Hillary’s speech

If you were watching, it was hard not to see it as the shining moment of her career. I was thinking that she would’ve done a lot better against Obama if she could’ve tapped into that passion and humanity a few months ago.

The Republican spin doctors were once again brilliant this morning, turning a moment of glory for the Democrats into a disappointment because Hillary didn’t talk specifically about Obama. Whoever they have pulling the strings behind the curtain is amazing. Rove or someone else? They’re all immediately on point, lockstep, on message.

Their new method of attack against Obama is to praise Clinton. Unreal. If only George Orwell were here.

Tomorrow’s paper

A few articles to watch for:

A story on Mark Olson, the endorsed Republican candidate for Senate District 16. Olson came to me office last Friday for a visit.

A story on a local inventor who built the Dog Mahal, as reporter Rob Passons dubbed it.

A story on eating disorders by our intern, Eve Christensen.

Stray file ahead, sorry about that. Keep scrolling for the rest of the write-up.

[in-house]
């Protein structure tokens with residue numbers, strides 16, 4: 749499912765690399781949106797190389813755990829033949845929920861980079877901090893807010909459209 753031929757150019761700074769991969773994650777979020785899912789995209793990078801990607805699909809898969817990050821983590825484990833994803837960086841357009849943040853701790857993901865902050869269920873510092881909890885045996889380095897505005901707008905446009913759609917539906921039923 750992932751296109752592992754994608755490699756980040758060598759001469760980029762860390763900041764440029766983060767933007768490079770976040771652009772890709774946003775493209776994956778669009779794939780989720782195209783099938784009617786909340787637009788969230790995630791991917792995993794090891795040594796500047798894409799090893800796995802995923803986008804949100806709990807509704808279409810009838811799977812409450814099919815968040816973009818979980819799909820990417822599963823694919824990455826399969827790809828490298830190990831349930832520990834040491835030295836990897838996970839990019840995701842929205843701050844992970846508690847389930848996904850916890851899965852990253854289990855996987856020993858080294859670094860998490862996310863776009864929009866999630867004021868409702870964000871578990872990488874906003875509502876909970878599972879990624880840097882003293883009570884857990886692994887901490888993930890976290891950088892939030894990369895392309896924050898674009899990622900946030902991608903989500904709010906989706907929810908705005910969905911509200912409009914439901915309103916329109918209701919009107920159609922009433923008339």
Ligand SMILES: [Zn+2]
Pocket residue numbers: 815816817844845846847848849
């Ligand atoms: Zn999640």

Two features on local girls who competed in a pageant.

Lots of crime news.

A story on 30 dead cormorants found on Spirit Island, likely victims of Newcastle disease.

Sports previews by Bob

Columns by me, Viv, Joe Fellegy, Sherri Jedlicki, Larry Smallwood

Not a bad mix for a small-town weekly, wouldn’t you say?

Go to http://www.millelacsmessenger.com

Dogs think we’re stupid

I was jogging on my newly cleared trails this morning with Lucy, the black lab. I went around twice, plus out to the mailbox twice, a total of about 4.5 miles. I took a wrong turn both times around, and thought Lucy must’ve been rolling her eyes at me. To her, the trail is probably obvious, since she follows her nose.

It made me think dogs are probably always thinking we’re stupid, so utterly clueless about smells and high-pitched noises. When you’re sitting on the couch, and suddenly the dog jumps up and runs to the door, she’s thinking how stupid you are. She looks at you with her best Napoleon Dynamite and says to herself, “Gosh! What’s wrong with them?”

On another note, I liked Michelle Obama’s speech last night.

I’m not terribly confident about Barack’s chances at this point, but she’s gotta help.

Here’s the backstage video:

Column ideas

The Replacements really do stink.

Culture wars: Two examples

1. Letter to the editor about Duane Barnhart’s second amendment cartoon.